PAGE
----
Before I became an interior designer I was an artist. You would think that knowing about the colour theory of art would make choosing paint colours for homes a piece of cake, but when it came to neutrals I didn’t find it that easy. What made a difference to me was learning how to think about paint colours in a different way.
Forget the traditional colour wheel for the moment. For practical purposes, the paint colours you use in home interiors fall into five main groups.
- Barely there neutrals
Once you know which group of paint colour you’re after, you’ve instantly ruled out 80% of the fan deck.
People use the the term ‘white’ very loosely. I mean THE lightest paint colours – true white, off-white and cream. Just because a paint colour has the word ‘white’ in it, doesn’t necessarily mean it’s white. Chances are it’s a pale neutral and if you treat it like a white it’s going to boss your colour scheme around.
Likewise, there are plenty of lovely whites with exotic names that don’t hint at the fact that they’re actually white.
True white, off-white and cream will usually be what you’ll be looking for when you’re deciding on an interior trim colour or want white walls.
Barely there neutrals
Who’s heard of Resene Quarter Tea? It’s been one of Resene’s most popular neutrals and rightly so. It’s that barely there, pale colour that can look gray or green or beige depending on the light and what it’s next to.
Barely there neutrals are like Quarter Tea. They have an LRV around 74 and they can be chameleons once they’re on the walls. They’re fantastic if you want pale walls that aren’t as stark as white. You can use them as your main neutral throughout the whole house and they’ll bring a room with little natural light to life in a way that white never will. In magazine articles you’ll sometimes find them called ‘whites’ even if they’re not, but I find it more helpful to think of them as ‘barely there neutrals’. Here’s why:
Barely there neutrals have undertones. Too many undertones (or ones that clash) can make or break a colour scheme but get them right and your home will look effortlessly harmonious. Undertones are a topic for other posts, but for now you’ll see the subtle differences below. You can see why Quarter Tea has been so versatile – it’s actually a pale taupe so it sits right in the sweet spot between the cooler very pale greys (grieges) and warmer pale beiges (aka complex creams).
Whites and barely there neutrals are definitely more popular than mid-range neutrals at the moment. However, if you painted in the early 2000s or completely embraced the grey trend you’ve probably had more to do with these mid-toned neutrals.
Like their very pale versions, neutrals have undertones but because they’re darker the undertones are much more noticeable and you really can’t ignore them. It’s a myth that neutrals go with anything. They don’t and some are a lot bossier than others. Don’t let that put you off though. Train your eyes to see the different neutrals and then repeat them purposefully and you’ll create some stunning spaces.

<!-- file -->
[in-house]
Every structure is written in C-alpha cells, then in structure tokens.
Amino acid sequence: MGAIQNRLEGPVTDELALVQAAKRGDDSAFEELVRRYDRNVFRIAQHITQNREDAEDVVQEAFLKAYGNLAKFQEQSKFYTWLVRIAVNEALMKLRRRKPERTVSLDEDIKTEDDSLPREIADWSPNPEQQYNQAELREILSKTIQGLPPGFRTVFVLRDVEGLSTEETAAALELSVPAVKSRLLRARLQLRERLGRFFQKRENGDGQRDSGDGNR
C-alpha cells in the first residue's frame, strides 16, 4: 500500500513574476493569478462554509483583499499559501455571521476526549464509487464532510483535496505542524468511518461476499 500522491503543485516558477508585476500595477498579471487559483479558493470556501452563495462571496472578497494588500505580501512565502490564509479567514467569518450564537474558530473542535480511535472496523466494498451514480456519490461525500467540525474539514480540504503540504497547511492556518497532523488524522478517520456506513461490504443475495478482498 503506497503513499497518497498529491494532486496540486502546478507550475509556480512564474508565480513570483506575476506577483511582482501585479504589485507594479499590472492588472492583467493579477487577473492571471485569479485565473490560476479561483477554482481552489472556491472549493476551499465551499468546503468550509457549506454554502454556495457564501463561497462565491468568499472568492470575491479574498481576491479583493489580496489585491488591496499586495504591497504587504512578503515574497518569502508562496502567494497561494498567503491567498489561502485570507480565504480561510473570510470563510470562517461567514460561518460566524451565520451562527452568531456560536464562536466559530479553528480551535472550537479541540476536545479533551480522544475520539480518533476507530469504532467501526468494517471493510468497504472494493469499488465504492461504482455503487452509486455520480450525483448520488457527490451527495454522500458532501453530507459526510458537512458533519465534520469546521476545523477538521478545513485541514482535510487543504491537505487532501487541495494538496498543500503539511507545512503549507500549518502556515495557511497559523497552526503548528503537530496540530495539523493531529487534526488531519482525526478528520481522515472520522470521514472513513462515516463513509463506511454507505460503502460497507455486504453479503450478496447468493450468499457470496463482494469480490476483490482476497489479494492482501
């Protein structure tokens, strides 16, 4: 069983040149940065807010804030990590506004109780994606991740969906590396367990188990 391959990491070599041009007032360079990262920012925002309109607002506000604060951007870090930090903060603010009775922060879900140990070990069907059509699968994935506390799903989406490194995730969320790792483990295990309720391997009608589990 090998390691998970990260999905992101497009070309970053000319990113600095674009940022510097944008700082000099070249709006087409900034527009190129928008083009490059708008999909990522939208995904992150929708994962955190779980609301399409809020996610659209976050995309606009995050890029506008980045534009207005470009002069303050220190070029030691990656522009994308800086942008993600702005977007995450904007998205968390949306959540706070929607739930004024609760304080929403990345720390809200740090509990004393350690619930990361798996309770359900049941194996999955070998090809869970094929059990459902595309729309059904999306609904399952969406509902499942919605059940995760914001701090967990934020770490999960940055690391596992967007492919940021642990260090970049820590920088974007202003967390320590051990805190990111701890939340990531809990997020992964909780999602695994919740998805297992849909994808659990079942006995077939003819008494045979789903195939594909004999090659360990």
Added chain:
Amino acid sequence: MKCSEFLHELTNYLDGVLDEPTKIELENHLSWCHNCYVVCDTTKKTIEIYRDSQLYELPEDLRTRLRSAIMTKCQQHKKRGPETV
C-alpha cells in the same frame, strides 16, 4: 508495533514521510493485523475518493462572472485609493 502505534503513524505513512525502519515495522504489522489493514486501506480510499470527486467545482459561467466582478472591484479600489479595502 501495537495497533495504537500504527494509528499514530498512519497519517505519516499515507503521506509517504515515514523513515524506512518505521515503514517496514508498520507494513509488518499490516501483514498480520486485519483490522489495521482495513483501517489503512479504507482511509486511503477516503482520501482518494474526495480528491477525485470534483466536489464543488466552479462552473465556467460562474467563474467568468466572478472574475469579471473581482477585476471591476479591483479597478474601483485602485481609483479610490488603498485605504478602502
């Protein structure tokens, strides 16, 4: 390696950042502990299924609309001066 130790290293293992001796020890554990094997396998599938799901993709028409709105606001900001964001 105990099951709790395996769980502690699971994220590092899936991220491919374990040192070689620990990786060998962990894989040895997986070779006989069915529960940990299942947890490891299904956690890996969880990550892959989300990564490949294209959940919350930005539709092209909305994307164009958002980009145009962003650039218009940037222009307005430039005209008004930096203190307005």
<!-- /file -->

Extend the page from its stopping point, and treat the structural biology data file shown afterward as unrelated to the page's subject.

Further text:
See how much more obvious the undertones are:
Hooray for colour! It can be completely timeless and totally personal. I sometimes feel like I need multiple houses so I can have one in calming neutrals and other ones in all sorts of colour combos. I think there’s a reason why children choose to have coloured bedroom walls if they’re allowed – they’re joyful, individual and uninhibited. (Confession – I didn’t let my young son paint his walls red. It would’ve clashed with his duvet so we did a gorgeous blue and yellow. I think he’s forgiven me now. Just. He’s 25, so that helps. But I digress…)
When we talk about neutrals, figuring out the undertone is the key to choosing the right one. Colour is different. With colour it’s more useful to describe it like this:
Lighter or darker
Warmer or cooler
Cleaner or dirtier
Also be aware that colours that look pretty on the paint chip can be too candy coloured on the wall. Choosing something that looks greyer or dirtier on the paint chip will often give you a much better result.
These are, obviously, all your really dark colours. Blacks, browns, darkest neutrals and colours so dark they’re almost not colours anymore. Like mid-range neutrals, look for the undertones so that you don’t get any surprises when you see them en masse.
Thinking of paint colour in these five categories is going to make your life a whole lot easier.
Step one: What are you looking for – a white, barely there neutral, mid-neutral, colour or dark?
In the next posts I’ll be sharing more about how to choose whites, neutrals and colours, and the enormously helpful system for understanding undertones that I learned from Maria Killam. All with NZ paint colours!